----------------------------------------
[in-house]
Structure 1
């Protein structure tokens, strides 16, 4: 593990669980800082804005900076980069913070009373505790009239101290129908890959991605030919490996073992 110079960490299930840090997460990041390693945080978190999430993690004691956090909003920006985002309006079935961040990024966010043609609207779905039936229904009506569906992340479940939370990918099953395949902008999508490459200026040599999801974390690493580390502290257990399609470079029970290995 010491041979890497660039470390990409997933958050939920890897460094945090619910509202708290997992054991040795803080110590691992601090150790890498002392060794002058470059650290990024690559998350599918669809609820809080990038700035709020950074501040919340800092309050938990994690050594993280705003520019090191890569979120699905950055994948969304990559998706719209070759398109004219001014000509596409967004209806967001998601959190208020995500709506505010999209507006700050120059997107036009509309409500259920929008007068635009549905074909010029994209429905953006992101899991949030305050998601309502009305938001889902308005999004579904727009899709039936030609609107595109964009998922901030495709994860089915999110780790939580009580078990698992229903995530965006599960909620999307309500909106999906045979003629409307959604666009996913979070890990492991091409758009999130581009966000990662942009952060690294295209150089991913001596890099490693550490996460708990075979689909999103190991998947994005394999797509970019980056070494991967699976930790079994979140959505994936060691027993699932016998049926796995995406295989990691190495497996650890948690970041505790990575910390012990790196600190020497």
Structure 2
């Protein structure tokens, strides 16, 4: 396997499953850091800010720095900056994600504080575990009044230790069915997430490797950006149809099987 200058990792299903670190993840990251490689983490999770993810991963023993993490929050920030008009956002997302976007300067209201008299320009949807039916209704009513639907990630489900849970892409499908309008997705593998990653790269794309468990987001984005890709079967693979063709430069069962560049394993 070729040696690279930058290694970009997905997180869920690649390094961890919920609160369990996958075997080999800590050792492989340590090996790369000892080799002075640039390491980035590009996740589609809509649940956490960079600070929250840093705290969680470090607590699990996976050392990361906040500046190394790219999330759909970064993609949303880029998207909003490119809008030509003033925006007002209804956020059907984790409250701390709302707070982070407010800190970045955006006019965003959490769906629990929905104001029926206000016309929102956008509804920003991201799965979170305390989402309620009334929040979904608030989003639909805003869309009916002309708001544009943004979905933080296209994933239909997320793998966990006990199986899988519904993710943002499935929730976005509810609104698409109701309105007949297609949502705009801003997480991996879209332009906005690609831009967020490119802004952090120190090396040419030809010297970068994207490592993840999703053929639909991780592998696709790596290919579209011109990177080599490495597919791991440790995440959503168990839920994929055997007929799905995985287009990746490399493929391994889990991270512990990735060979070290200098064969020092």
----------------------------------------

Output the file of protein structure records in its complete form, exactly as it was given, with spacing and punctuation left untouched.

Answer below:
[in-house]
Structure 1
């Protein structure tokens, strides 16, 4: 593990669980800082804005900076980069913070009373505790009239101290129908890959991605030919490996073992 110079960490299930840090997460990041390693945080978190999430993690004691956090909003920006985002309006079935961040990024966010043609609207779905039936229904009506569906992340479940939370990918099953395949902008999508490459200026040599999801974390690493580390502290257990399609470079029970290995 010491041979890497660039470390990409997933958050939920890897460094945090619910509202708290997992054991040795803080110590691992601090150790890498002392060794002058470059650290990024690559998350599918669809609820809080990038700035709020950074501040919340800092309050938990994690050594993280705003520019090191890569979120699905950055994948969304990559998706719209070759398109004219001014000509596409967004209806967001998601959190208020995500709506505010999209507006700050120059997107036009509309409500259920929008007068635009549905074909010029994209429905953006992101899991949030305050998601309502009305938001889902308005999004579904727009899709039936030609609107595109964009998922901030495709994860089915999110780790939580009580078990698992229903995530965006599960909620999307309500909106999906045979003629409307959604666009996913979070890990492991091409758009999130581009966000990662942009952060690294295209150089991913001596890099490693550490996460708990075979689909999103190991998947994005394999797509970019980056070494991967699976930790079994979140959505994936060691027993699932016998049926796995995406295989990691190495497996650890948690970041505790990575910390012990790196600190020497």
Structure 2
């Protein structure tokens, strides 16, 4: 396997499953850091800010720095900056994600504080575990009044230790069915997430490797950006149809099987 200058990792299903670190993840990251490689983490999770993810991963023993993490929050920030008009956002997302976007300067209201008299320009949807039916209704009513639907990630489900849970892409499908309008997705593998990653790269794309468990987001984005890709079967693979063709430069069962560049394993 070729040696690279930058290694970009997905997180869920690649390094961890919920609160369990996958075997080999800590050792492989340590090996790369000892080799002075640039390491980035590009996740589609809509649940956490960079600070929250840093705290969680470090607590699990996976050392990361906040500046190394790219999330759909970064993609949303880029998207909003490119809008030509003033925006007002209804956020059907984790409250701390709302707070982070407010800190970045955006006019965003959490769906629990929905104001029926206000016309929102956008509804920003991201799965979170305390989402309620009334929040979904608030989003639909805003869309009916002309708001544009943004979905933080296209994933239909997320793998966990006990199986899988519904993710943002499935929730976005509810609104698409109701309105007949297609949502705009801003997480991996879209332009906005690609831009967020490119802004952090120190090396040419030809010297970068994207490592993840999703053929639909991780592998696709790596290919579209011109990177080599490495597919791991440790995440959503168990839920994929055997007929799905995985287009990746490399493929391994889990991270512990990735060979070290200098064969020092």